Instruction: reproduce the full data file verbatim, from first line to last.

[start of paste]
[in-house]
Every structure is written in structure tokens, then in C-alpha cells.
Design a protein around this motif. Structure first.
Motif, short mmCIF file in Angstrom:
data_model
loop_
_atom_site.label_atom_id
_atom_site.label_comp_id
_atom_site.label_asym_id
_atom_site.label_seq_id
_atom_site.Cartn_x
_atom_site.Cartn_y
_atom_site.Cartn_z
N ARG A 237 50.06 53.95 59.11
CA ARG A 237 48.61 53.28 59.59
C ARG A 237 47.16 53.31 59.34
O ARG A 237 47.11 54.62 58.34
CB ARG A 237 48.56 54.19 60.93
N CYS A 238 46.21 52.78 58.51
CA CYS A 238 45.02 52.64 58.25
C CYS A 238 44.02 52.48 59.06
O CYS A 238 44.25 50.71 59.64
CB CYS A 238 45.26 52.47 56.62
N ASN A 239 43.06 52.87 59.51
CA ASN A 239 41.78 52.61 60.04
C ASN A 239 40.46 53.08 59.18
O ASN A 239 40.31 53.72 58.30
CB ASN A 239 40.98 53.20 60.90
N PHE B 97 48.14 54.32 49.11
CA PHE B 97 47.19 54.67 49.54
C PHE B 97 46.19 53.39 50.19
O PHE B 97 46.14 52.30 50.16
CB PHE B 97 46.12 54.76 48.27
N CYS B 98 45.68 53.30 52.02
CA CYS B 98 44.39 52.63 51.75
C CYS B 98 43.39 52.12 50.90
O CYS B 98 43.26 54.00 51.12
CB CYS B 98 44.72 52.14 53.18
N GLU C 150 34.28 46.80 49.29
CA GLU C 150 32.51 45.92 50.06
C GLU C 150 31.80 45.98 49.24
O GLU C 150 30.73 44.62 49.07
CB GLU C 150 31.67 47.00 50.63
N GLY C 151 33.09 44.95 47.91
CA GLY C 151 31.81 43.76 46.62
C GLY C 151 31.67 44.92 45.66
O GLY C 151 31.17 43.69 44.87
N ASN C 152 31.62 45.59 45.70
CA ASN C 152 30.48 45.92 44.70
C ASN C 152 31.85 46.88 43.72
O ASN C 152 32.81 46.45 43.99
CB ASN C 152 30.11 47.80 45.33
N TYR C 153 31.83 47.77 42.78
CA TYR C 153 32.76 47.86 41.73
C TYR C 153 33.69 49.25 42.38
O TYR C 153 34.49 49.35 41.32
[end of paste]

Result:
[in-house]
Every structure is written in structure tokens, then in C-alpha cells.
Design a protein around this motif. Structure first.
Motif, short mmCIF file in Angstrom:
data_model
loop_
_atom_site.label_atom_id
_atom_site.label_comp_id
_atom_site.label_asym_id
_atom_site.label_seq_id
_atom_site.Cartn_x
_atom_site.Cartn_y
_atom_site.Cartn_z
N ARG A 237 50.06 53.95 59.11
CA ARG A 237 48.61 53.28 59.59
C ARG A 237 47.16 53.31 59.34
O ARG A 237 47.11 54.62 58.34
CB ARG A 237 48.56 54.19 60.93
N CYS A 238 46.21 52.78 58.51
CA CYS A 238 45.02 52.64 58.25
C CYS A 238 44.02 52.48 59.06
O CYS A 238 44.25 50.71 59.64
CB CYS A 238 45.26 52.47 56.62
N ASN A 239 43.06 52.87 59.51
CA ASN A 239 41.78 52.61 60.04
C ASN A 239 40.46 53.08 59.18
O ASN A 239 40.31 53.72 58.30
CB ASN A 239 40.98 53.20 60.90
N PHE B 97 48.14 54.32 49.11
CA PHE B 97 47.19 54.67 49.54
C PHE B 97 46.19 53.39 50.19
O PHE B 97 46.14 52.30 50.16
CB PHE B 97 46.12 54.76 48.27
N CYS B 98 45.68 53.30 52.02
CA CYS B 98 44.39 52.63 51.75
C CYS B 98 43.39 52.12 50.90
O CYS B 98 43.26 54.00 51.12
CB CYS B 98 44.72 52.14 53.18
N GLU C 150 34.28 46.80 49.29
CA GLU C 150 32.51 45.92 50.06
C GLU C 150 31.80 45.98 49.24
O GLU C 150 30.73 44.62 49.07
CB GLU C 150 31.67 47.00 50.63
N GLY C 151 33.09 44.95 47.91
CA GLY C 151 31.81 43.76 46.62
C GLY C 151 31.67 44.92 45.66
O GLY C 151 31.17 43.69 44.87
N ASN C 152 31.62 45.59 45.70
CA ASN C 152 30.48 45.92 44.70
C ASN C 152 31.85 46.88 43.72
O ASN C 152 32.81 46.45 43.99
CB ASN C 152 30.11 47.80 45.33
N TYR C 153 31.83 47.77 42.78
CA TYR C 153 32.76 47.86 41.73
C TYR C 153 33.69 49.25 42.38
O TYR C 153 34.49 49.35 41.32